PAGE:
Prince George’s County Public Schools still has 200 bus routes that do not have drivers and some drivers are going to five schools a day, said Rudolph Saunders, director of transportation for PGCPS. Although the school district has hired 50 to 60 new school bus drivers this school year, they also lost around the same number of drivers, he said. PCGPS also administered random drug testing for bus drivers during the pandemic and lost a number due to those results, he said.
There is no money in the Blueprint For Maryland’s Future, the state’s sweeping decade-long education reform plan, that addresses bus driver compensation, according to John Woolums, the director of governmental relations of Maryland Association of Boards of Education.
In addition to a low starting salary amid a global pandemic, other challenges include a long wait time at the Maryland Motor Vehicle Administration, bus contractors and local school leaders told lawmakers. It takes potential commercial vehicle drivers one to three weeks to get an appointment at the MVA, according to Paul Lebo, chief operating officer in Frederick County Public Schools.
To encourage new drivers to take the test, the MVA started offering commercial driver license (CDL) tests at several branch offices on Saturdays, a day when they are not traditionally offered, said Christine Nizer, the MVA administrator.
They have also sent letters to CDL drivers not already driving a school bus, encouraging them to consider changing careers, Nizer said. To expedite the licensing process, the MVA has also allowed some private entities to test their own employers.
However, some bigger challenges remain, such as a 25% no-show rate, which takes away appointments from drivers who may have been ready to take the test, Nizer said. There is also a high failure rate at around 50%, she continued.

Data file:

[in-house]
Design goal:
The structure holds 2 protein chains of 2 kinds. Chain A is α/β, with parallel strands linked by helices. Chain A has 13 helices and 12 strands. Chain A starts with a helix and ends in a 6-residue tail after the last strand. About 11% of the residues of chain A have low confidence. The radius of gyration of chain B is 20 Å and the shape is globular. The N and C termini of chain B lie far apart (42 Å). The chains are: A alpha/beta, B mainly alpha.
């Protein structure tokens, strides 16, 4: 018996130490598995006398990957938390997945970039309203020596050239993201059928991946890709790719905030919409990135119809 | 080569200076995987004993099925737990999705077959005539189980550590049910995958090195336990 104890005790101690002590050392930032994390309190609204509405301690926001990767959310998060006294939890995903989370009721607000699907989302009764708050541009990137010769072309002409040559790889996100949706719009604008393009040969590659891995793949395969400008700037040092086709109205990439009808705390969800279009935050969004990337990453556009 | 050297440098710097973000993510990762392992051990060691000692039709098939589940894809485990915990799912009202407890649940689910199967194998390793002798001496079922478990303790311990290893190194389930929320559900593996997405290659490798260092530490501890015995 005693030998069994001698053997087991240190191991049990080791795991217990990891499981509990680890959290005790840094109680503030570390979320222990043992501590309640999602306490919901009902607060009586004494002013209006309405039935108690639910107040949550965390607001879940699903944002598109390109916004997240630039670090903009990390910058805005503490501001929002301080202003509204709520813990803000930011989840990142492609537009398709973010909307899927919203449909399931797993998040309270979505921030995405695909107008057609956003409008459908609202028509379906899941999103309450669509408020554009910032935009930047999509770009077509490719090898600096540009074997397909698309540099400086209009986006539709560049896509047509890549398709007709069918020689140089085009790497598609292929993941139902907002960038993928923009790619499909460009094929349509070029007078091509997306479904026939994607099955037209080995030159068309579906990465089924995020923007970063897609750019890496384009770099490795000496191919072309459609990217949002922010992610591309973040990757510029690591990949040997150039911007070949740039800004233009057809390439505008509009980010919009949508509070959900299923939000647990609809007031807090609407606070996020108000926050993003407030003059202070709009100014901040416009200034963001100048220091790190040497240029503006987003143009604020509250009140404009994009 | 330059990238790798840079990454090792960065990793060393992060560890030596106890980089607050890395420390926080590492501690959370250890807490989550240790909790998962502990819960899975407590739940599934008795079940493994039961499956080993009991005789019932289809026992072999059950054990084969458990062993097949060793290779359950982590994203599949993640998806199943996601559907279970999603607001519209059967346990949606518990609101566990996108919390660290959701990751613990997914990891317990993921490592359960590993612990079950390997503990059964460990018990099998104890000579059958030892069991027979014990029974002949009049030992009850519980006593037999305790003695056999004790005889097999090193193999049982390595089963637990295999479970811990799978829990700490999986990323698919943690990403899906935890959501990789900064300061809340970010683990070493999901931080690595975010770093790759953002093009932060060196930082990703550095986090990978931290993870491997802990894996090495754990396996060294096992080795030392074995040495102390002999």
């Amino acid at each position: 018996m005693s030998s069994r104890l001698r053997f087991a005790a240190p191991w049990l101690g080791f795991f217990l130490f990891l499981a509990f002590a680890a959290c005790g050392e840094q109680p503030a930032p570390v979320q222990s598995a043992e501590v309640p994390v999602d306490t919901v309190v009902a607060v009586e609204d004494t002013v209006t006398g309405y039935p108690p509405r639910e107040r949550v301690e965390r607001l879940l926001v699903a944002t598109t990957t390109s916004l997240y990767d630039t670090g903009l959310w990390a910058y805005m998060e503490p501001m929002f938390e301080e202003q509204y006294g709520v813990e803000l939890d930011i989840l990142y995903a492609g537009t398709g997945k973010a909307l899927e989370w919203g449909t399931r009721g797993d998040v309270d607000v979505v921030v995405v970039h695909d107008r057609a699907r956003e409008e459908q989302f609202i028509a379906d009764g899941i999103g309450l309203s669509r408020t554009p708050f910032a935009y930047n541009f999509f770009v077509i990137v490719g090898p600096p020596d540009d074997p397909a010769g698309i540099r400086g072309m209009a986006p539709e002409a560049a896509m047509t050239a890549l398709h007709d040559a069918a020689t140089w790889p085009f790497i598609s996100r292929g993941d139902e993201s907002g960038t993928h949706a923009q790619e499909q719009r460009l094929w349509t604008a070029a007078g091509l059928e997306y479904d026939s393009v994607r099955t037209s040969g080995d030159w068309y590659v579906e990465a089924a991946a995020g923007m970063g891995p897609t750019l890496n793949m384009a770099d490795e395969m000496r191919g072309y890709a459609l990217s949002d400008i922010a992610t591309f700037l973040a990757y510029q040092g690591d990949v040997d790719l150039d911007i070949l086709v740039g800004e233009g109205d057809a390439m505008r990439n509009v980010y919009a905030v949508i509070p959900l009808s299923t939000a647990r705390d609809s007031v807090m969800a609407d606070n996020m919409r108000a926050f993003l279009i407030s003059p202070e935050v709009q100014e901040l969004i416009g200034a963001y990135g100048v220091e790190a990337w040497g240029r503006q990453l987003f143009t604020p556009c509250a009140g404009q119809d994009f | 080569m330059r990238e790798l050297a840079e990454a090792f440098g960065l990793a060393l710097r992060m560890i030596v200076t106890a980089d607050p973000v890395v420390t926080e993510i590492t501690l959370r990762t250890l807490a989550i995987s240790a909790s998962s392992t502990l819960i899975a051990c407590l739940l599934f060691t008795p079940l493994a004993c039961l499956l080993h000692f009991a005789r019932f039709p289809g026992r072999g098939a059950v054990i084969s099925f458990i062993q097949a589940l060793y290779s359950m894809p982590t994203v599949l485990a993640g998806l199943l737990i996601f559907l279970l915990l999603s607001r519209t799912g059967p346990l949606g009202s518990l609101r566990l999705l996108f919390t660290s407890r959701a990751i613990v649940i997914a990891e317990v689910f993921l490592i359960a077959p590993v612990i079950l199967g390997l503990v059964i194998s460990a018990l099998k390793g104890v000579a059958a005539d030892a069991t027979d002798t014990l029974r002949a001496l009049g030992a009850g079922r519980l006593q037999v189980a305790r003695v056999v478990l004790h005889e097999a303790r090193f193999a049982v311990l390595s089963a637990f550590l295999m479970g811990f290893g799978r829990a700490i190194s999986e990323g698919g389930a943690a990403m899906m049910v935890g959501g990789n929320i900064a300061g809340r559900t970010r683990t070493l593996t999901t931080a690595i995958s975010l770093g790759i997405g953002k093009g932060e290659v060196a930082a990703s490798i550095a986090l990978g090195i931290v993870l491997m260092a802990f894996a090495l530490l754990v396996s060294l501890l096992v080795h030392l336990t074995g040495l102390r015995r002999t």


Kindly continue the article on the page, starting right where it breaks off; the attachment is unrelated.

“Pretty much every time we put a driver through, we’re having to schedule another test with half of those drivers to be retested,” she said.
It would be helpful if the MVA could fast track appointments so that those who failed the test could take it again the very next day, instead of waiting several weeks before the next available appointment, which increases test anxiety, Lebo said. He also encouraged a statewide campaign calling for more school bus drivers, potentially targeting retirees.
Woolums also suggested that failing a part of a test should not require a potential commercial vehicle driver to retake the entire test.
When asked what they have done to address the surge in school bus driver shortages, Rose said MSDE brought all local school leaders together in early October to share best practices and helped connect local school leaders with available federal funding that could help.
Del. Anne R. Kaiser (D-Montgomery) asked about a bill that passed this year and allows local school districts to provide transportation to students in vehicles other than buses. Rose said regulations on that will be ready later for public comment later this month and will go back for approval from the State Board of Education early next year.
But even with growing school bus driver shortages across the state, the licensing process should not be expedited at the cost of lowering safety standards, Woolums said.
“Notwithstanding the daunting challenges presented by the shortages of qualified drivers, we really want to emphasize our reluctance or refusal to…water down any of those standards as it relates to safety,” he said.